One repeat argument from VR and AR practitioners is that the gear just needs modification — lighter, more comfortable, not-tethered, higher fidelity screens. When these come to pass, AR, VR, XR (Extended Reality) and MR (Mixed Reality) will take off, they say.
Yet right now, “VR’s technical problems have all basically been sorted out,” Karpf says. “The headsets are lightweight and affordable. As a technical matter, we could pretty much cobble together a 1.0 version of the Metaverse or the Oasis next week. VR’s limiting flaw might instead be on the demand side — the “Field of Dreams Fallacy,” which contends, “If you build it, they will come.”
Immersive VR gaming sounds neat, but it turns out that swinging a virtual sword gets tiring pretty quickly.
“It’s tempting to think that if Magic Leap didn’t live up to the hype, some other competitor surely will. But the underlying problem is that, there just aren’t many situations in your daily routine where the MR goggles would make it off the shelf.”
That’s the nagging problem. What is the killer app for VR? Will it ever have one? Perhaps it’s time to bust the hype cycle.
Of course, the rigs and goggles in five to ten years will be better than the ones we have today. The problem isn’t the technology — it’s the vision.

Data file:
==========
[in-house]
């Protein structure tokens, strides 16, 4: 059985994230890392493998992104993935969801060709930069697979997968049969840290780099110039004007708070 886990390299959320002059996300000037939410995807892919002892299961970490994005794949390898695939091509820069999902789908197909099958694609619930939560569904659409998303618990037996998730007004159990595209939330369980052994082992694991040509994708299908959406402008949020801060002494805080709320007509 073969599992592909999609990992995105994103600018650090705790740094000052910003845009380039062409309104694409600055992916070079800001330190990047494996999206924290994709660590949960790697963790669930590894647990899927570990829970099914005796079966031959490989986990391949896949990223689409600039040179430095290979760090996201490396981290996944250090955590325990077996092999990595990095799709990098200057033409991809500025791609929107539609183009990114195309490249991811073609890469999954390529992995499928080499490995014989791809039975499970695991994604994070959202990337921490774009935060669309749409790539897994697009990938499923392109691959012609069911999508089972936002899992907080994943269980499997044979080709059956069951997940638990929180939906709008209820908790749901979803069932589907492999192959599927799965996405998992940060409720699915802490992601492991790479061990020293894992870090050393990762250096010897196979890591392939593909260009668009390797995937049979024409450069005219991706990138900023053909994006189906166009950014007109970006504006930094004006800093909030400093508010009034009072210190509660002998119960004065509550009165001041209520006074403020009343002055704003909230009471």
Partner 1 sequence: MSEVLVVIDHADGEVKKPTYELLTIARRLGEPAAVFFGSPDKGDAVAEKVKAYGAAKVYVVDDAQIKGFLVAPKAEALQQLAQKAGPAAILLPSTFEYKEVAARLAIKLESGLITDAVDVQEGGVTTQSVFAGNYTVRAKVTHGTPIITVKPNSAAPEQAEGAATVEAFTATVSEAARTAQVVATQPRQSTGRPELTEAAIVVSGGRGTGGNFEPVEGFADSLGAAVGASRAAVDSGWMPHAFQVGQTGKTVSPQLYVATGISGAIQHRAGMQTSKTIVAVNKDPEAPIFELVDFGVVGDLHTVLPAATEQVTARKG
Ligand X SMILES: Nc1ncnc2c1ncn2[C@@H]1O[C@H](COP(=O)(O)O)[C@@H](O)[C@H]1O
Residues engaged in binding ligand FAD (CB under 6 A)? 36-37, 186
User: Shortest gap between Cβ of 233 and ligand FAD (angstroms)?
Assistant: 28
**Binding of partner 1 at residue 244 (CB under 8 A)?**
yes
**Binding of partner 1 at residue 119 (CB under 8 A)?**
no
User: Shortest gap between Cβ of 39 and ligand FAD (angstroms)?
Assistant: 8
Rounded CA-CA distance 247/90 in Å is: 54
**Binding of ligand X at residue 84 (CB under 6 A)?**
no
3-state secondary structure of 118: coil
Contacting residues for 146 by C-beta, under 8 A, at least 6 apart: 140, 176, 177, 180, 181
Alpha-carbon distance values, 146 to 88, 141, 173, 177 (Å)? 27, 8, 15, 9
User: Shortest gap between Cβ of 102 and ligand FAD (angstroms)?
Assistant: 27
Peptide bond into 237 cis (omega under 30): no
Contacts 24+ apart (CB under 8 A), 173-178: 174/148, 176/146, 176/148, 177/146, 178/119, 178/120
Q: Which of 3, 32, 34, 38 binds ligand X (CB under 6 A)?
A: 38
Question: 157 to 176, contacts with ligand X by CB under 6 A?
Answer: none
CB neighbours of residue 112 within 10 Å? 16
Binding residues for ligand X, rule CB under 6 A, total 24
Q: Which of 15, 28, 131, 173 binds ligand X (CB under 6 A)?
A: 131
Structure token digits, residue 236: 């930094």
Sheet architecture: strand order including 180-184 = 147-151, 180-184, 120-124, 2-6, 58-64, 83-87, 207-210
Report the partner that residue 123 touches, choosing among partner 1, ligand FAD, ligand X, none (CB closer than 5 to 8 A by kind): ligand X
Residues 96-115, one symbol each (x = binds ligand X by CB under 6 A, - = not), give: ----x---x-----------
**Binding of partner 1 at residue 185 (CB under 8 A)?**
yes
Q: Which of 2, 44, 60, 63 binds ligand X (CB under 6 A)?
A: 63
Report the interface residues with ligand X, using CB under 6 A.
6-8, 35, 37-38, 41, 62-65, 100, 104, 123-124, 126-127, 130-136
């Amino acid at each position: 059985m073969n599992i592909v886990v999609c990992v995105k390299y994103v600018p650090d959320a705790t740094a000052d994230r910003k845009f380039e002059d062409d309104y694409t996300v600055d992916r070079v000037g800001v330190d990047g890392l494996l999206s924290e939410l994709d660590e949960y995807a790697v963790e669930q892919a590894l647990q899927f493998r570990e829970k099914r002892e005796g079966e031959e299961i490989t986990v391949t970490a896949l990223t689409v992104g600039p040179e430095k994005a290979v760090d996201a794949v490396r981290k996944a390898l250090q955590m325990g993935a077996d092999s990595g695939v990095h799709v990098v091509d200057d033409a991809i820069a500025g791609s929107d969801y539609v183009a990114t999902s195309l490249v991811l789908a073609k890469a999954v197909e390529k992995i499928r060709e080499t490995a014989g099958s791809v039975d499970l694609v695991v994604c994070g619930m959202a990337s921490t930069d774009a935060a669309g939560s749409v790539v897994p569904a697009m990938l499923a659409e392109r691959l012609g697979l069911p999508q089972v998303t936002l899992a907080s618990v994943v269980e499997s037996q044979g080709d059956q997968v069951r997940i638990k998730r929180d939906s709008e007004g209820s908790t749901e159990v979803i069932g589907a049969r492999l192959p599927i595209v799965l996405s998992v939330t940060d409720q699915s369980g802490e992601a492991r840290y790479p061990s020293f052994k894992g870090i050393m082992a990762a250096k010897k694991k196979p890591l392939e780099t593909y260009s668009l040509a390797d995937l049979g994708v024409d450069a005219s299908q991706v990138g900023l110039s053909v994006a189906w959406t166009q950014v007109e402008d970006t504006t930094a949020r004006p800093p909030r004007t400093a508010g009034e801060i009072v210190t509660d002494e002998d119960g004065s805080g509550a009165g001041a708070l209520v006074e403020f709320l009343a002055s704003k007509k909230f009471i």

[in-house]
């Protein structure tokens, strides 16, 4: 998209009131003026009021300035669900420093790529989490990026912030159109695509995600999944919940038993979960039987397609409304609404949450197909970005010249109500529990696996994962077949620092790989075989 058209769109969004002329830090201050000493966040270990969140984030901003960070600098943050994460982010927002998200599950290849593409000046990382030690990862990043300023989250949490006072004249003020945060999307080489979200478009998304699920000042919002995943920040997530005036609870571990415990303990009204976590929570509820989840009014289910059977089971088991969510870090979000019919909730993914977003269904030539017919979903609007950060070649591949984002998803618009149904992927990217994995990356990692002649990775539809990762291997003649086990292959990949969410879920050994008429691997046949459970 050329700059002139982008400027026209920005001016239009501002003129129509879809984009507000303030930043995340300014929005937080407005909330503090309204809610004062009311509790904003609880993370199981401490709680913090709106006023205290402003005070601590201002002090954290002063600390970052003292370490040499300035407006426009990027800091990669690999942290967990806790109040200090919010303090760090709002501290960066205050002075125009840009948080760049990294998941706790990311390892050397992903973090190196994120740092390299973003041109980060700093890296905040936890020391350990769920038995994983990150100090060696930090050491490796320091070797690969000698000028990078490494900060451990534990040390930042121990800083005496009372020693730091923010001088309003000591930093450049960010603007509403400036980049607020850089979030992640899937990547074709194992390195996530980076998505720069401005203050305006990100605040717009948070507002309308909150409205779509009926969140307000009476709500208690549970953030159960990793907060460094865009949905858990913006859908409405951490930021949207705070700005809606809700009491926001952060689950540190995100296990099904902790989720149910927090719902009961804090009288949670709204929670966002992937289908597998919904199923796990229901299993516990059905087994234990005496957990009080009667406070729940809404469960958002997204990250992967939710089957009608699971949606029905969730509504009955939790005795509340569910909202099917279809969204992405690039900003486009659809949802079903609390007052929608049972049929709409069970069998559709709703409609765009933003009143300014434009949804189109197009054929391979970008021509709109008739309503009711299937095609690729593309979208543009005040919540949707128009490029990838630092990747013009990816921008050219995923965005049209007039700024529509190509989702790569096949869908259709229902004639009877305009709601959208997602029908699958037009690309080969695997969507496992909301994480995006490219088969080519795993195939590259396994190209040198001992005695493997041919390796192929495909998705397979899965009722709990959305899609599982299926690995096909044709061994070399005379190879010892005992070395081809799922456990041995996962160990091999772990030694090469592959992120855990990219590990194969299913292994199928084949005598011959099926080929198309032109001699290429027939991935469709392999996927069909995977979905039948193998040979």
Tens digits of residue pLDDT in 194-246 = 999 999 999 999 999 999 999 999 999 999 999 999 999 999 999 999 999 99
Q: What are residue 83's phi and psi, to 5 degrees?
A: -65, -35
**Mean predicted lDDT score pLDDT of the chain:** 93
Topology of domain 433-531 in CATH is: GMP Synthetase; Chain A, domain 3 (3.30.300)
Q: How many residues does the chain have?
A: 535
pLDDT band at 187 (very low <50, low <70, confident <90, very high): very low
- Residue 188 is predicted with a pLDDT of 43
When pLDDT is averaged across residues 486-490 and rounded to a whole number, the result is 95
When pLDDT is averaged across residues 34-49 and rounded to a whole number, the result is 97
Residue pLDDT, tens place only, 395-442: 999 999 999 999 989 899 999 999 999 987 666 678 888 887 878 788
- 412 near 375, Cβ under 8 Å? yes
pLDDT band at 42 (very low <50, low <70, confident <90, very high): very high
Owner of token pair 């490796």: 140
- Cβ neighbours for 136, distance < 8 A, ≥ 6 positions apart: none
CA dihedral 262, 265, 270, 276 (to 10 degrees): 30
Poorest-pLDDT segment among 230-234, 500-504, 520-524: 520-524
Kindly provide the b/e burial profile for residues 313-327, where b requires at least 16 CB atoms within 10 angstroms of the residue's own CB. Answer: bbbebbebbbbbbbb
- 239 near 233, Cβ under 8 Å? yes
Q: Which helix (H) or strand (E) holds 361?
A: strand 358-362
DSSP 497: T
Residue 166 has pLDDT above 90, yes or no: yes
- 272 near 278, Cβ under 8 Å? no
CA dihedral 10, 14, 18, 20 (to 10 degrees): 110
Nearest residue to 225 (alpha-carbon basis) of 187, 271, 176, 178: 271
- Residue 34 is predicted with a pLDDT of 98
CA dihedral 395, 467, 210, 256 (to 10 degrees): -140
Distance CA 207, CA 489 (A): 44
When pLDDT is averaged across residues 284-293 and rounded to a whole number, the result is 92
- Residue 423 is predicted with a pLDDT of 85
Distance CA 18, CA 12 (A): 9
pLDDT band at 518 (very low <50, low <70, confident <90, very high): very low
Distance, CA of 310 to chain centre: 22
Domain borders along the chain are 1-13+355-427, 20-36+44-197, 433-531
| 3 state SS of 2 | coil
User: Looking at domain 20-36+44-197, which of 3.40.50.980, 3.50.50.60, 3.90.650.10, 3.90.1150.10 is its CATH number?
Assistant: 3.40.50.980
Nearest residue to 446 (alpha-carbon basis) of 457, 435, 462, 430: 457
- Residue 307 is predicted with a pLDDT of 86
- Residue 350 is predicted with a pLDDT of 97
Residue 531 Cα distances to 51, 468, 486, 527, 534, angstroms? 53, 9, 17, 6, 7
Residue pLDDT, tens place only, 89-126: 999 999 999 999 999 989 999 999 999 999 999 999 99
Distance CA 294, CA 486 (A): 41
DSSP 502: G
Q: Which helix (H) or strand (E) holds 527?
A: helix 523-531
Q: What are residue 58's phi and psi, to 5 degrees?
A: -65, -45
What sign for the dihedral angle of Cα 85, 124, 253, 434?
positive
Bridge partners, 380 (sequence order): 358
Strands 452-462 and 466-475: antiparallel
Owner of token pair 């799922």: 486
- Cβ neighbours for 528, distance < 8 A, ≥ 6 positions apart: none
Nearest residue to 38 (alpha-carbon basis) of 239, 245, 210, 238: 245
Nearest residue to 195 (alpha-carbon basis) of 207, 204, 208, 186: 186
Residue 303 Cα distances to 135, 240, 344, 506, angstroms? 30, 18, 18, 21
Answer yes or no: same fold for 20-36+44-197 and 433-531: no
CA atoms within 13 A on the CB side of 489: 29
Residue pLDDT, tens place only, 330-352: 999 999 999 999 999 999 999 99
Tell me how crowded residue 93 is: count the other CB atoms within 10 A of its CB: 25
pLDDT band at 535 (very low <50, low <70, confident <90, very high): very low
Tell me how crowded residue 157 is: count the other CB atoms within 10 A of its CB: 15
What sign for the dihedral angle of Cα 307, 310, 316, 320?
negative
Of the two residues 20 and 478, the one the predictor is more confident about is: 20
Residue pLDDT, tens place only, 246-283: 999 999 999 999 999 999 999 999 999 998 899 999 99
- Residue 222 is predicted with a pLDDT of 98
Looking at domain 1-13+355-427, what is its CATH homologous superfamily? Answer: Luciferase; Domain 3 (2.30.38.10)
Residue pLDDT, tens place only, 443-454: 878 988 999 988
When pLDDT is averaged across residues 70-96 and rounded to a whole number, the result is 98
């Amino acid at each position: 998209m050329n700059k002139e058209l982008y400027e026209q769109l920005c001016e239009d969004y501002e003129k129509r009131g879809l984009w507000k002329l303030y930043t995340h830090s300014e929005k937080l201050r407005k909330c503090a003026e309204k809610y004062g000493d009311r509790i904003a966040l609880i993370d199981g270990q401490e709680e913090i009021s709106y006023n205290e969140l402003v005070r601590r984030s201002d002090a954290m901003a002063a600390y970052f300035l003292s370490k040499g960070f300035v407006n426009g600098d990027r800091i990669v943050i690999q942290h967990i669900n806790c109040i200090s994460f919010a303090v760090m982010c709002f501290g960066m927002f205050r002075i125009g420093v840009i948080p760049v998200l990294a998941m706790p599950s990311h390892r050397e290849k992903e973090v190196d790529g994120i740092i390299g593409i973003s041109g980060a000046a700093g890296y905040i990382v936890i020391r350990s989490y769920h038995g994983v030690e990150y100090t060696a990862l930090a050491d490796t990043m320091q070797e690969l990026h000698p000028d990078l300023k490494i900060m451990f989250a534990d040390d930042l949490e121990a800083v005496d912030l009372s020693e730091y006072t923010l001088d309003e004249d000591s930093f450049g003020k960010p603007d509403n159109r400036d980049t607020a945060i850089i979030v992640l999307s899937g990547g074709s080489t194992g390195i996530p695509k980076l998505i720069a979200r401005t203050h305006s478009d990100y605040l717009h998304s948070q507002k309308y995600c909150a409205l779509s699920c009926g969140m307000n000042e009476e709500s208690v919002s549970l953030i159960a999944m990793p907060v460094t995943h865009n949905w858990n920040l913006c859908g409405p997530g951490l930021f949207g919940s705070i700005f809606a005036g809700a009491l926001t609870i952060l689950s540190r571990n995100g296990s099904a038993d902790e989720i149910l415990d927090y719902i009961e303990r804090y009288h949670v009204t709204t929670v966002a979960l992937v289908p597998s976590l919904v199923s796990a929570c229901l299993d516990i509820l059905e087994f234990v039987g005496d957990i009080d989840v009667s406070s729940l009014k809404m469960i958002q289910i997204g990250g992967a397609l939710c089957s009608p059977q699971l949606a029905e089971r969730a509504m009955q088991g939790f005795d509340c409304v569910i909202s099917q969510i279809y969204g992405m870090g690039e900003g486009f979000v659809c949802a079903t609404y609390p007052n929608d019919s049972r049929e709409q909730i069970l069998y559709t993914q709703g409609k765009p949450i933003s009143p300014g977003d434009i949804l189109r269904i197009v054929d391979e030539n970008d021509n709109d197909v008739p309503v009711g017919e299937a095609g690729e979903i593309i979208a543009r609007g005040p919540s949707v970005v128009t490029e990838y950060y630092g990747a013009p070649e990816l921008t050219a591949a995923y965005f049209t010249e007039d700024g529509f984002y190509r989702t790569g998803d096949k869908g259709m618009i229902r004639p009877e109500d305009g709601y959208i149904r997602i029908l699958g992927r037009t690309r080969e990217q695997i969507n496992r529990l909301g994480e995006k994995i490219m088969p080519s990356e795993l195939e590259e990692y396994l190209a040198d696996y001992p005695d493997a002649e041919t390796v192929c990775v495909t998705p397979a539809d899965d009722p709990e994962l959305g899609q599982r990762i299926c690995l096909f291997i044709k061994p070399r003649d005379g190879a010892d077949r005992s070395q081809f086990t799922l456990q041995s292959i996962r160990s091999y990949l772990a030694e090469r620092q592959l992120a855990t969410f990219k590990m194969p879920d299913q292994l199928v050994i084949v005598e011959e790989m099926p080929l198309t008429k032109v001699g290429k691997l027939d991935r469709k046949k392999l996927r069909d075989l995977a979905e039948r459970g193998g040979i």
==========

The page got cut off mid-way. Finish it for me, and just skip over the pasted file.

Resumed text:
“The trouble with imagining the future through sci-fi action adventures is that it obscures the mundane everyday uses of technology.”
As if to prove the point made by Wired that VR/AR will find niche industrial/business not mass media usage, a blog at digital infrastructure company, Equinix illustrates the potential of emerging technologies to impact healthcare, logistics and retail e-commerce.
Chiaren Cushing, director of mobile services & IoT at Equinix, thinks that “AR and VR will become pervasive in our digitally dominated world… lives are being saved, manual tasks are being automated and shopping experiences are being enhanced.”
READ MORE: The Future of Augmented and Virtual Reality (Equinix)